These changes are about the message, more than the money. The message they send is that our society values commitment. But this is just the start of the support we'll offer families. Families need help to spend more time together. So we’ll extend the right to request flexible working to all parents with a child under eighteen.

Families need childcare that fits in with the patterns of their life. So we’ll support the individual choices that parents make. That could mean staying at home, it could mean working part time, it could involve using state services, private nurseries, the voluntary sector or grandparents, friends and neighbours.

Families need extra help to cope when their children are babies and toddlers. Evidence shows that parents are most likely to split up in the first year after their child’s birth. So we’ll introduce Flexible Parental Leave, meaning both parents can share the responsibilities of caring for a new baby. And we will increase the number of Sure Start health visitors by 4,200, giving families a much greater level of personal, professional support in the home when they need it most.

And some families need emotional support. So we’ll make sure that couples are directed to the relationship counselling they need. Of course, relationship support isn’t just about helping couples stay together. It’s also for when couples break apart.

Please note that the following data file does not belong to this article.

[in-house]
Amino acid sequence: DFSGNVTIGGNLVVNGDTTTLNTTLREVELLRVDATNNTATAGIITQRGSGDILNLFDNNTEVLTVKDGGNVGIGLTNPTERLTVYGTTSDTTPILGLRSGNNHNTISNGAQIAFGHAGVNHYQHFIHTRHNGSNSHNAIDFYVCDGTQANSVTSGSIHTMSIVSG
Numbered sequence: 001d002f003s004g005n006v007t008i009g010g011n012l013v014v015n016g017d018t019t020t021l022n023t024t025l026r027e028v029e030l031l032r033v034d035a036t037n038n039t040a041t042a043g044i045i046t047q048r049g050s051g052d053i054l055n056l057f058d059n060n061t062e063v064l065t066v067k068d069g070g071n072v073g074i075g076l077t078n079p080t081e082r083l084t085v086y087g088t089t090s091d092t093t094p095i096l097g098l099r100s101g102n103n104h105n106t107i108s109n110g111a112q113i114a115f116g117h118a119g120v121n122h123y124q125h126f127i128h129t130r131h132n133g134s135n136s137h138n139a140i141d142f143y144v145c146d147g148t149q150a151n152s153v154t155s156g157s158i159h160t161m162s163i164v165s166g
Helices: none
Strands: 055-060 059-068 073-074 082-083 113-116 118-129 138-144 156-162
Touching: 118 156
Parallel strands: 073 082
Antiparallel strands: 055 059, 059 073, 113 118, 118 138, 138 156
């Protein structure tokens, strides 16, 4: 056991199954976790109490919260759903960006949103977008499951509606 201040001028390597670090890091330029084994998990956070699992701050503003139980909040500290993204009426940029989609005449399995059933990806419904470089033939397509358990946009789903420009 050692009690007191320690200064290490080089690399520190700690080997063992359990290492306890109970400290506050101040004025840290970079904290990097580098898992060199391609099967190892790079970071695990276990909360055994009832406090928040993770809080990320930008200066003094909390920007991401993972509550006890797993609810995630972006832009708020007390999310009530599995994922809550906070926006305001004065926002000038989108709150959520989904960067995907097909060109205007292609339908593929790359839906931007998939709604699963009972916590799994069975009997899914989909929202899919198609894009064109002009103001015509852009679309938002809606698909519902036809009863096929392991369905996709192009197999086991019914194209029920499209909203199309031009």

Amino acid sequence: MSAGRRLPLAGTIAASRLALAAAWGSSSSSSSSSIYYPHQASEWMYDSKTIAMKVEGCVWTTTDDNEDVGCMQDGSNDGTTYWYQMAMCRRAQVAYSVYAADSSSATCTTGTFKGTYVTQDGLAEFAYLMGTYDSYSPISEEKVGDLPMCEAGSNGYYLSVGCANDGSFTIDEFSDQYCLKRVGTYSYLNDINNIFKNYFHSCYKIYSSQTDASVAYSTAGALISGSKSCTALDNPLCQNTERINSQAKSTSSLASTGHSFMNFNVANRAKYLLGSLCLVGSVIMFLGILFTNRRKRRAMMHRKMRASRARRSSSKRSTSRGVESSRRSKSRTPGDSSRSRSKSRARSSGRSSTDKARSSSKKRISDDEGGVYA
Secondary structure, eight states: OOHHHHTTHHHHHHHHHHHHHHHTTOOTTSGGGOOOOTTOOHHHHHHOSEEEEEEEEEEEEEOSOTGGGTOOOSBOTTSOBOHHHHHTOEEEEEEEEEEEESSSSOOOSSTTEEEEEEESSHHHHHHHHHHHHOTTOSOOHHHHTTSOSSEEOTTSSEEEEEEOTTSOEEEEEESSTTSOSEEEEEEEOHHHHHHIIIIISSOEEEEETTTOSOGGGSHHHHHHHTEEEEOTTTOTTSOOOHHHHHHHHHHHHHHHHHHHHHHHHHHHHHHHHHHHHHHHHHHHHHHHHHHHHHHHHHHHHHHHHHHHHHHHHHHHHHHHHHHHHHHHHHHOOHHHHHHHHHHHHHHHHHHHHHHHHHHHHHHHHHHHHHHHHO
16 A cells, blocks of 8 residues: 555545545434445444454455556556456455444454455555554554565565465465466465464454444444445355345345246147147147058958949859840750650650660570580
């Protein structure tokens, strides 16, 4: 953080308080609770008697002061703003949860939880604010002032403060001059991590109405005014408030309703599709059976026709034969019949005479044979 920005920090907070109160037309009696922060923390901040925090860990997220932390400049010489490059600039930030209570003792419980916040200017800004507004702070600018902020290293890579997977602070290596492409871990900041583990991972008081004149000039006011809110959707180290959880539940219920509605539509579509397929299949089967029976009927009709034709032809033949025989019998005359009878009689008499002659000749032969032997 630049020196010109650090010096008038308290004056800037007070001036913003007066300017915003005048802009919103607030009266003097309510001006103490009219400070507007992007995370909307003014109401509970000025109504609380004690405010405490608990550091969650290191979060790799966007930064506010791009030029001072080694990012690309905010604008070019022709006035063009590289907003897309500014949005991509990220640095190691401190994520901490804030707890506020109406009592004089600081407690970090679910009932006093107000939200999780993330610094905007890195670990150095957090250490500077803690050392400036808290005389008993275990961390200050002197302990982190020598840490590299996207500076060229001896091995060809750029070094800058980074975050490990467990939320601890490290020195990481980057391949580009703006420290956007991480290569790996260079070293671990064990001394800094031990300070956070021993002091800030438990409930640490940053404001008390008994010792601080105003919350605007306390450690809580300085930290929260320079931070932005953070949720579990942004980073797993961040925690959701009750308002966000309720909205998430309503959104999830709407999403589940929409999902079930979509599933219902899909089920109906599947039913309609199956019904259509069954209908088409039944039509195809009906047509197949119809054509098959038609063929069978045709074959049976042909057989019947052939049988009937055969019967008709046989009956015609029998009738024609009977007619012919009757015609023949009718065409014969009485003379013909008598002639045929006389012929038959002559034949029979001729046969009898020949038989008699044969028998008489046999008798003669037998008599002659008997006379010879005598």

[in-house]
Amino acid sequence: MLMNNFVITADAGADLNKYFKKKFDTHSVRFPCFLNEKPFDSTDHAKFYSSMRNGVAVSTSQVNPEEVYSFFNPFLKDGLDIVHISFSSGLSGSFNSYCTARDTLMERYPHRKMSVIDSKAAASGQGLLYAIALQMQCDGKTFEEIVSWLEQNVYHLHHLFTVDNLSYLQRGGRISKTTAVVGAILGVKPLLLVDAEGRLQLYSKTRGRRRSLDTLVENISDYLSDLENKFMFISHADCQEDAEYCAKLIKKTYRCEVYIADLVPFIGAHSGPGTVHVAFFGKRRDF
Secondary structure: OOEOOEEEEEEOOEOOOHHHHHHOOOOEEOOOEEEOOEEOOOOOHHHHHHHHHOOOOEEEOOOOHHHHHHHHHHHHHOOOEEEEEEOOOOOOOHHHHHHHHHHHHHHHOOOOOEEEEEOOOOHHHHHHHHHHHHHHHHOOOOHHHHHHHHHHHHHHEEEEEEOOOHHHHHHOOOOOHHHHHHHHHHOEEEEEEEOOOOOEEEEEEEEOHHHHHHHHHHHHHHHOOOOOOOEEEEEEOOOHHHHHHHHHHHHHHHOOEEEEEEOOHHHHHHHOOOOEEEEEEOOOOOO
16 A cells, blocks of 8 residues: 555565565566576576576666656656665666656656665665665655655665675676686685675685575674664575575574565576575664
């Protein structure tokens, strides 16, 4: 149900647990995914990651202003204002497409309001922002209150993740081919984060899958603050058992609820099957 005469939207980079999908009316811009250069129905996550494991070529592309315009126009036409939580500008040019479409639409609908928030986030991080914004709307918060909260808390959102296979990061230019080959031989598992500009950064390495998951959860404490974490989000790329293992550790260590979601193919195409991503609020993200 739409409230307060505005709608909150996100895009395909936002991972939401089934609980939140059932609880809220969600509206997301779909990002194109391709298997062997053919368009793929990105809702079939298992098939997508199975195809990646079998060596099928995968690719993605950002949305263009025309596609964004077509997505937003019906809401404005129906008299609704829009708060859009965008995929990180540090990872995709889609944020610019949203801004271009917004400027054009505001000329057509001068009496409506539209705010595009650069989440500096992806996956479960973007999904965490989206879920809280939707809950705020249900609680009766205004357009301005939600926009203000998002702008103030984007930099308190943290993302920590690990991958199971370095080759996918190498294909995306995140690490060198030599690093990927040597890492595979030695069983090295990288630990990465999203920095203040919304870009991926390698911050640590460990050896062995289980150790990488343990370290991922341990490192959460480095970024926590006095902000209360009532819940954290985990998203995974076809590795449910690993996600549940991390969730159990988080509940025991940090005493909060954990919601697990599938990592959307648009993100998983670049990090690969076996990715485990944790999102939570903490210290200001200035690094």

Real life isn’t a fairytale. Sometimes a split is unavoidable, even necessary. When that happens, it’s so important that there is the least amount of disruption for any children involved. Because for a child, there’s only one thing worse than family breakdown – and that’s badly handled family breakdown. Organisations like Relate already do great work in bringing separated parents together for the benefit of their child – and I want to see them do more.


But a real responsibility agenda must go beyond simply supporting families and helping them stick together, to the complex territory of helping to develop parenting skills. I know people will say this is not the business of politicians. After all, we're not perfect parents ourselves. But that doesn’t mean we should remain silent on the issue. In fact to do so would, in my view, be incredibly irresponsible.

Politicians are the ones who take taxpayers’ money and write billions of pounds worth of cheques to deal with educational failure, crime, anti-social behaviour. So I think politicians have a responsibility – to the taxpayer and to society – to do what we can to bring these costs down. And that means looking at the evidence, recognising that parenting has a massive part to play, and doing something about it.

Our Sure Start health visitors will have a vital role here. The substantial increase in the number of health visitors will mean that families get more support - from properly trained professionals. Health visitors will be able to spend time with families, have the opportunity to spot parenting issues, and build the trusted relationships needed to help with them. For instance, if they feel a mother is not bonding with her baby, and recognise the cause as post-natal depression, they might gently recommend that she visit her GP, or steer her towards a local counsellor.